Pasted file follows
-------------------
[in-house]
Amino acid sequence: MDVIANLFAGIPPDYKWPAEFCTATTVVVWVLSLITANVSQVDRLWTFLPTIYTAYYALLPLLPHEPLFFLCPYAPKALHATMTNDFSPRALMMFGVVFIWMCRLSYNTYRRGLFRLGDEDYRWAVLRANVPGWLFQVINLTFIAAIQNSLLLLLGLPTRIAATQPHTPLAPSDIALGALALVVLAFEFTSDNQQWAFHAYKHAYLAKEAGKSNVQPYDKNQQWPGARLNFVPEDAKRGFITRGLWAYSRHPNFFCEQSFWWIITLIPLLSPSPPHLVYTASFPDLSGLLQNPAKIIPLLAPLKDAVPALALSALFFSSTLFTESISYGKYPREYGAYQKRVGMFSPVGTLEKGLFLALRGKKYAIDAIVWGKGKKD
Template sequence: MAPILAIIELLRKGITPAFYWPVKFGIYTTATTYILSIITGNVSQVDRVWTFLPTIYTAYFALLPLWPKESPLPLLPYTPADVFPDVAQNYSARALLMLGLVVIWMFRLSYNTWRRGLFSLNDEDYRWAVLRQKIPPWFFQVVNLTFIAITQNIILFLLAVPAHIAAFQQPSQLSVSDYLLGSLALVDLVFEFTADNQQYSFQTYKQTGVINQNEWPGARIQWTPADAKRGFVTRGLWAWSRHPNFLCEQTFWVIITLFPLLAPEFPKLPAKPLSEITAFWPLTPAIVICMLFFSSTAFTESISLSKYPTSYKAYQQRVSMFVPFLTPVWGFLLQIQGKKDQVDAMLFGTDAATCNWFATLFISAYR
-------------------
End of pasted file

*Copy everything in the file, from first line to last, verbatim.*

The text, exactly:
[in-house]
Amino acid sequence: MDVIANLFAGIPPDYKWPAEFCTATTVVVWVLSLITANVSQVDRLWTFLPTIYTAYYALLPLLPHEPLFFLCPYAPKALHATMTNDFSPRALMMFGVVFIWMCRLSYNTYRRGLFRLGDEDYRWAVLRANVPGWLFQVINLTFIAAIQNSLLLLLGLPTRIAATQPHTPLAPSDIALGALALVVLAFEFTSDNQQWAFHAYKHAYLAKEAGKSNVQPYDKNQQWPGARLNFVPEDAKRGFITRGLWAYSRHPNFFCEQSFWWIITLIPLLSPSPPHLVYTASFPDLSGLLQNPAKIIPLLAPLKDAVPALALSALFFSSTLFTESISYGKYPREYGAYQKRVGMFSPVGTLEKGLFLALRGKKYAIDAIVWGKGKKD
Template sequence: MAPILAIIELLRKGITPAFYWPVKFGIYTTATTYILSIITGNVSQVDRVWTFLPTIYTAYFALLPLWPKESPLPLLPYTPADVFPDVAQNYSARALLMLGLVVIWMFRLSYNTWRRGLFSLNDEDYRWAVLRQKIPPWFFQVVNLTFIAITQNIILFLLAVPAHIAAFQQPSQLSVSDYLLGSLALVDLVFEFTADNQQYSFQTYKQTGVINQNEWPGARIQWTPADAKRGFVTRGLWAWSRHPNFLCEQTFWVIITLFPLLAPEFPKLPAKPLSEITAFWPLTPAIVICMLFFSSTAFTESISLSKYPTSYKAYQQRVSMFVPFLTPVWGFLLQIQGKKDQVDAMLFGTDAATCNWFATLFISAYR